I didn't actually meet Phil Kaufman, but we exchanged a couple of emails trying to arrange a meeting while on my way to Nashville. I'd heard a rumor that he occaisonally tends bar there, and thought it would be a good opportunity to pick up a copy of his book, get it inscribed and have my photo taken with him.
It's not every day you get to meet someone who served time in Terminal Island with Charles Manson in the early sixties, stole the corpse of a Rock icon, and Rolled with the Stones.
I didn't get to meet him as he had to accompany Nanci Griffith to a show in Texas the weekend I was there. Maybe next time.
Phil "Mangler" Kaufman, the man who and stole and cremated the body of country-rock icon Gram Parsons, and who has been described as the entertainment industry's"executive nanny" by Mick Jagger, tells it all. The Rolling Stones, Frank Zappa, Joe Cocker, Etta James, Emmylou Harris, Elizabeth Ashley, Rosanne Cash, the Byrds, the Everly Brothers.
(Before his death Parsons had said that he wanted to be cremated at Joshua Tree and have his ashes spread over Cap Rock, a prominent natural feature there. But after his death his stepfather arranged to have the body shipped home for a private funeral, to which none of his low-life music buddies were invited. Said buddies would have none of it. Fortified by beer and vodka, they decided to steal Parsons's body and conduct their own last rites.
Having ferreted out the shipping arrangements, Phil Kaufman (Parsons's road manager) and another man drove out to the airport in a borrowed hearse, fed the poor schmuck in charge of the body a load of baloney about a last-minute change of plans, signed the release "Jeremy Nobody," and made off with Parsons's remains. They bought five gallons of gas, drove 150 miles to Joshua Tree, and dragged the coffin as close to Cap Rock as they could by moonlight. Kaufman pried open the lid to reveal Parsons's naked cadaver, poured in the gas, and tossed in a match. A massive fireball erupted. The authorities gave chase but, as one account puts it, "were encumbered by sobriety," and the desperadoes escaped.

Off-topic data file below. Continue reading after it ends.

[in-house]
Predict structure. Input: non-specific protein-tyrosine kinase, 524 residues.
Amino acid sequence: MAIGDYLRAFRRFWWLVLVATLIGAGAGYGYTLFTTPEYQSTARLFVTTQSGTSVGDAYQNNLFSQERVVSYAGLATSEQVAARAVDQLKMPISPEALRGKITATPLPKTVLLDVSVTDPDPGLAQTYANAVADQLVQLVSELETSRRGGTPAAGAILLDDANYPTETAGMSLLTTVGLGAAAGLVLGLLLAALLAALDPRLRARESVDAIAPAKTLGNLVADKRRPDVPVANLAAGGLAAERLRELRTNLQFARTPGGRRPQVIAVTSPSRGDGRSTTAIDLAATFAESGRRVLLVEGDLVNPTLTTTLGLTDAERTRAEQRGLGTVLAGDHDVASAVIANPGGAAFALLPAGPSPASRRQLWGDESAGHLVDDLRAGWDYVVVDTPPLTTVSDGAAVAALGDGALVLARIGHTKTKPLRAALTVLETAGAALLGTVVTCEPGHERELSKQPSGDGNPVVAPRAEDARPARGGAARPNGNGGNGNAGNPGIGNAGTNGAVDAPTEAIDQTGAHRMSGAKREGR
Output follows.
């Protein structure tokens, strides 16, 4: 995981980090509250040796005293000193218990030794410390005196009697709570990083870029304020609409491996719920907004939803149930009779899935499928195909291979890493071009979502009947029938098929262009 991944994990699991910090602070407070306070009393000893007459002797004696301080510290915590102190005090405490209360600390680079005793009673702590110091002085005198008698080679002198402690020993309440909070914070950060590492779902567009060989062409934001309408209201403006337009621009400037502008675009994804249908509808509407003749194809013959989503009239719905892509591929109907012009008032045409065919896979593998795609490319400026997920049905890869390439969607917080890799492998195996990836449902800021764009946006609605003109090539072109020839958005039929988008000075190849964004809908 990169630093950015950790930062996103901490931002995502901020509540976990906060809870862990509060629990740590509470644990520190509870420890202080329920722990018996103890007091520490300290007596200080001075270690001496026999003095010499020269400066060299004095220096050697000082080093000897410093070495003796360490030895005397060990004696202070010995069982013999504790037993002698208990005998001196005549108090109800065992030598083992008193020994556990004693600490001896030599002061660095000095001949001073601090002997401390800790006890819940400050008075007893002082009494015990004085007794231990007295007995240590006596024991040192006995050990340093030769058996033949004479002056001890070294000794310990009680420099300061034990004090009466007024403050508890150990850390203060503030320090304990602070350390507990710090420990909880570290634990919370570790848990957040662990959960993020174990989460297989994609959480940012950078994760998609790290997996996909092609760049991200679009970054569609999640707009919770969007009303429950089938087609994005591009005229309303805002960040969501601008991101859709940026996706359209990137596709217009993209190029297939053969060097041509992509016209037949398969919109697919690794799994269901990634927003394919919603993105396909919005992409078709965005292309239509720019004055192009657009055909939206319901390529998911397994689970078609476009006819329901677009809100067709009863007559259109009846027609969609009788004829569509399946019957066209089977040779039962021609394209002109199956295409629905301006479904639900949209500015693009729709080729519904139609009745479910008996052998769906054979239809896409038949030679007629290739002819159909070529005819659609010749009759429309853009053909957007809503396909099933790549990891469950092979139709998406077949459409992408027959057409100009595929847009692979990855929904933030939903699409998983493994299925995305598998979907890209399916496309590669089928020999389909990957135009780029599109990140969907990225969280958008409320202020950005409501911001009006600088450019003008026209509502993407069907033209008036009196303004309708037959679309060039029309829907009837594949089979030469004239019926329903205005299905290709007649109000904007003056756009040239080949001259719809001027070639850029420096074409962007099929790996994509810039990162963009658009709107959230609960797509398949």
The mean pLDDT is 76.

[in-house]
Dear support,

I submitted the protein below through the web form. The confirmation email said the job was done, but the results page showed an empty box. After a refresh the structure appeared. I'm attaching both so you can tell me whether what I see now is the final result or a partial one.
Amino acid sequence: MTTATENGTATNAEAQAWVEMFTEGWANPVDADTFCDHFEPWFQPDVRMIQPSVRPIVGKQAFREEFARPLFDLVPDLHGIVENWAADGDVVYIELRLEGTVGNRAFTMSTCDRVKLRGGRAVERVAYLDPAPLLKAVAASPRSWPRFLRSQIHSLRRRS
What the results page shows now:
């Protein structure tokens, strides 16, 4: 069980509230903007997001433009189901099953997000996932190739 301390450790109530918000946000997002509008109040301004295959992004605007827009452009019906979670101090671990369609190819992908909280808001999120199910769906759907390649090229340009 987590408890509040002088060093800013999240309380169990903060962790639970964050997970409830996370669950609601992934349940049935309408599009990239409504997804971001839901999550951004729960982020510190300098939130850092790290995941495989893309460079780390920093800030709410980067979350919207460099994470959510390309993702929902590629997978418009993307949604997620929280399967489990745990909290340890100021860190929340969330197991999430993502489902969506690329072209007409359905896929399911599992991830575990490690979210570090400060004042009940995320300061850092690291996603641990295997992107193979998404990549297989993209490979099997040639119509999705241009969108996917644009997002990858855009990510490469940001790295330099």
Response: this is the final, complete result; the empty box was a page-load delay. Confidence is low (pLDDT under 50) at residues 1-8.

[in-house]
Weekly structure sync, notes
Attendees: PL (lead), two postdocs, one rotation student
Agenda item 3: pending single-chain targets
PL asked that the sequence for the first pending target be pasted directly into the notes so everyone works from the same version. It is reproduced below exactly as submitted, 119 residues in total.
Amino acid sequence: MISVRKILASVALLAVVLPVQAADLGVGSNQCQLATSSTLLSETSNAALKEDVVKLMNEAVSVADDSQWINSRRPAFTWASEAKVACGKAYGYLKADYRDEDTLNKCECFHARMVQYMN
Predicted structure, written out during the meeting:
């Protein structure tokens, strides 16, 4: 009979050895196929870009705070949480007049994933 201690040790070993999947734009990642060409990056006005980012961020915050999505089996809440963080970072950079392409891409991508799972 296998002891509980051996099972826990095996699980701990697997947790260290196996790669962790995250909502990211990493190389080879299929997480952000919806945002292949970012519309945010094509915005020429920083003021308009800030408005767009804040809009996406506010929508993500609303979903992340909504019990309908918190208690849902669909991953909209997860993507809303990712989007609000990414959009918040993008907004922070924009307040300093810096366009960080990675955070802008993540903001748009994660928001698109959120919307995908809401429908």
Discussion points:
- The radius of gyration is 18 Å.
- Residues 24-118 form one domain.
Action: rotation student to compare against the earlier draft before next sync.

The men were tracked down a few days later, but there was no law against stealing a body, so they were charged with stealing the coffin or, as one cop put it, "Gram Theft Parsons." (Cops are such a riot.) Convicted, they were ordered to pay $750, the cost of the coffin. What was left of Parsons was buried in New Orleans.)
The movie "Grand Theft Parsons" is a fictionalized version of the Gram Parsons body-burning episode described in "Road Mangler Deluxe." Here is what the two principal actors have to say about the book:
"Phil Kaufman is an amazing character. I mean, just the basic [Gram Parsons] story is amazing. . . . I read Phil Kaufman's book called "Road Mangler Deluxe" and he's lived five lifetimes--his whole life should be a movie made out of it, much less these two days."
(plays Phil Kaufman in "Grand Theft Parsons")
"His book is pretty phenomenal. . . It's so great. It's like a fly on the wall of his thoughts and all of the escapades he got himself into."
(plays the fictitious Barbara Mansfield in"Grand Theft Parsons")